"We're going to learn more [about activity and prices] in the spring market," Karl Case, a housing expert who helped create the Standard & Poor's Case-Shiller index of home prices, told reporters Tuesday.
By the Case-Shiller index, home prices are now down 26.7 percent from their peak in 2006.
While the real estate downturn is nationwide, it varies greatly by location.
Mr. Case, a professor at Wellesley College near Boston, says that 1 million of all homes sales in the past year were distressed auction sales. But more than half of those have come from just four hard-hit states: California, Arizona, Nevada, and Florida.
In many cities, prices are down by a more modest 5 or 10 percent.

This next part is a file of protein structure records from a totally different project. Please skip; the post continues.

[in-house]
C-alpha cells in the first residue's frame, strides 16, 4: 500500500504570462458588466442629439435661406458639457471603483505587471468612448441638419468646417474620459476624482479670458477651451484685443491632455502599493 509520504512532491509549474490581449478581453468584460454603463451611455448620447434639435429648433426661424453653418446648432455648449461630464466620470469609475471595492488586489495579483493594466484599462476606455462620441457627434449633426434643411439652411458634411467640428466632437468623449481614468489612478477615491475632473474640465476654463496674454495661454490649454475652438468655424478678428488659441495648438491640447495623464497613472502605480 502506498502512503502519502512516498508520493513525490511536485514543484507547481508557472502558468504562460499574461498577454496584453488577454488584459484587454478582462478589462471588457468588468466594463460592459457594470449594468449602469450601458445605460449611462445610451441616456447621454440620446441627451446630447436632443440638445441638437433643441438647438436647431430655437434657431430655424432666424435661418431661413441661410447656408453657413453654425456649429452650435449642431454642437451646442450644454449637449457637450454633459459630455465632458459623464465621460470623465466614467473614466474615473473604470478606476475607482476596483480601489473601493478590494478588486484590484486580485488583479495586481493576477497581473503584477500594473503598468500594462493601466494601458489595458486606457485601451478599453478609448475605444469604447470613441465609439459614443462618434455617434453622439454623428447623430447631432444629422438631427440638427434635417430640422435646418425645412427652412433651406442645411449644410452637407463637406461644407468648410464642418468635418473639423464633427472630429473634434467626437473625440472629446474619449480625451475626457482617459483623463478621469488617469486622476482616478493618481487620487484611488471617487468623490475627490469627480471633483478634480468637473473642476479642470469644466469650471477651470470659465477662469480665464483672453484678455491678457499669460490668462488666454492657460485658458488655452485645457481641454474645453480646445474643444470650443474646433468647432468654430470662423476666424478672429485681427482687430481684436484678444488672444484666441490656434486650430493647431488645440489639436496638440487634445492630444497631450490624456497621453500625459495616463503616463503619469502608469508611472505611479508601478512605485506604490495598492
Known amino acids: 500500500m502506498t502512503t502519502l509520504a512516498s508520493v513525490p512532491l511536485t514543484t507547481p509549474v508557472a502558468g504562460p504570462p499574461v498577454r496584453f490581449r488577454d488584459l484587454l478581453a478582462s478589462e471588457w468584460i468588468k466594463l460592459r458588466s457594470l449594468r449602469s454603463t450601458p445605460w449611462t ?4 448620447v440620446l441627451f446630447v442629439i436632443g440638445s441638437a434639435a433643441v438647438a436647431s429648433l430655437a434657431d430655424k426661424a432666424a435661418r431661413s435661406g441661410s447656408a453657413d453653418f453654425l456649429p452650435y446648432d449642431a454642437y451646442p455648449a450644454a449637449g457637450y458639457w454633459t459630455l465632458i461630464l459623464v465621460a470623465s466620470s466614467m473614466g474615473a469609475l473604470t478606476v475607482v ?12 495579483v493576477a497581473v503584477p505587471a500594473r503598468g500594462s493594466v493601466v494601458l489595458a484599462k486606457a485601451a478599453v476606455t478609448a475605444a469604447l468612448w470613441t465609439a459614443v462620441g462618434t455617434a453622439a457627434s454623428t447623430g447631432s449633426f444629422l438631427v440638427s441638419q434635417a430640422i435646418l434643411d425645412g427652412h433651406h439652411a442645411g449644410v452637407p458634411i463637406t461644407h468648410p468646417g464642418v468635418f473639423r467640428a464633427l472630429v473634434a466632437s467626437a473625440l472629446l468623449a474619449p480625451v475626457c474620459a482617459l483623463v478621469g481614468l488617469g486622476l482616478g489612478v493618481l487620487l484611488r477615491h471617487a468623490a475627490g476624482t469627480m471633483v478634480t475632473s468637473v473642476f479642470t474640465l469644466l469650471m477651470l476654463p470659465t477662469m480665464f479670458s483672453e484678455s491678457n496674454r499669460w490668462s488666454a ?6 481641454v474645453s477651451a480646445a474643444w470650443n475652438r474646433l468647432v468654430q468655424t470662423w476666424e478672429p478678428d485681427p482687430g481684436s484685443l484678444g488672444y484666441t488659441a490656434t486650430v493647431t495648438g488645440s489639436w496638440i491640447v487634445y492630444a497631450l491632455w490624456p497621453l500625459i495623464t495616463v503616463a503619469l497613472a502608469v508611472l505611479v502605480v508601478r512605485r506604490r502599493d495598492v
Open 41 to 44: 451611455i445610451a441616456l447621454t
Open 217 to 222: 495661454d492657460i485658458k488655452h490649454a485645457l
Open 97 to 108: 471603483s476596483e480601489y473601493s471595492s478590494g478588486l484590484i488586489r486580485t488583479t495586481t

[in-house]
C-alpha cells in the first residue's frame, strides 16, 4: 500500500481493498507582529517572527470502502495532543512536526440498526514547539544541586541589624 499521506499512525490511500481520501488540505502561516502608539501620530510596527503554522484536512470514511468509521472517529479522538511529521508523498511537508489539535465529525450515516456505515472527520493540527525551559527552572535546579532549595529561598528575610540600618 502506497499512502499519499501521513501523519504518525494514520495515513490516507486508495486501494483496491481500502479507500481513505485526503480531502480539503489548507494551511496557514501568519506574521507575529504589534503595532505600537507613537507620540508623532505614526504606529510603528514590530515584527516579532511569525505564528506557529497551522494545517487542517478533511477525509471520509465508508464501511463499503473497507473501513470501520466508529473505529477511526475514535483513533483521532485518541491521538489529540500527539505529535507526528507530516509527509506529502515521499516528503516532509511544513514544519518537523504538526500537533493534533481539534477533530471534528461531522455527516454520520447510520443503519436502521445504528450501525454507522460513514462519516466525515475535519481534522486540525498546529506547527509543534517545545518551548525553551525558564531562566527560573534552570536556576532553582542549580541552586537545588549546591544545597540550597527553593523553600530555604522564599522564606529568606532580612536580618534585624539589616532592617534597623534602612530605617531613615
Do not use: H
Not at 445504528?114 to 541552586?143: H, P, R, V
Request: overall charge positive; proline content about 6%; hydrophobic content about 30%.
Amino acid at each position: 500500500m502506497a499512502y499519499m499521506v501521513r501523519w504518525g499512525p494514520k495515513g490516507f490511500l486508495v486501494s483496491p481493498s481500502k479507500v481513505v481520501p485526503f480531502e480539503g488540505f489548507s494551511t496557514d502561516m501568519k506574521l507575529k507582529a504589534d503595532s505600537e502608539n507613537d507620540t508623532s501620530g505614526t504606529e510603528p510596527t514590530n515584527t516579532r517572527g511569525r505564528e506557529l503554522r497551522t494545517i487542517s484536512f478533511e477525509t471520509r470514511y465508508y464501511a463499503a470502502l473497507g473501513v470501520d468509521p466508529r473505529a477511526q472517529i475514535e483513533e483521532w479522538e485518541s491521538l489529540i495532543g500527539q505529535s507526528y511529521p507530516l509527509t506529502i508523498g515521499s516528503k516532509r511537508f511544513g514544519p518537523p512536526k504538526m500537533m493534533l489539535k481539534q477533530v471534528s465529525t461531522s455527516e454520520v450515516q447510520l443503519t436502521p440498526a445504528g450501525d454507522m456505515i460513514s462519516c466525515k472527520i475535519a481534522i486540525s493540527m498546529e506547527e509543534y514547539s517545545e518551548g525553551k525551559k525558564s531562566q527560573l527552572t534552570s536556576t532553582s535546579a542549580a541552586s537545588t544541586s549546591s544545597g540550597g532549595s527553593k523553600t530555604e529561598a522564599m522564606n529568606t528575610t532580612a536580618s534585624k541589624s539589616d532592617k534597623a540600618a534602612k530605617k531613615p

One reason for the slower sales volume in the past few months may be that market participants are in a holding pattern, waiting to see what a new administration in the White House will do.
That was clarified recently when President Obama unveiled a plan to reduce foreclosures. It includes:
•Incentives for lenders to reduce payments for at-risk borrowers to 31 percent of income.
•Refinancing for many borrowers whose loans have turned modestly "upside down," with balances larger than the current home value.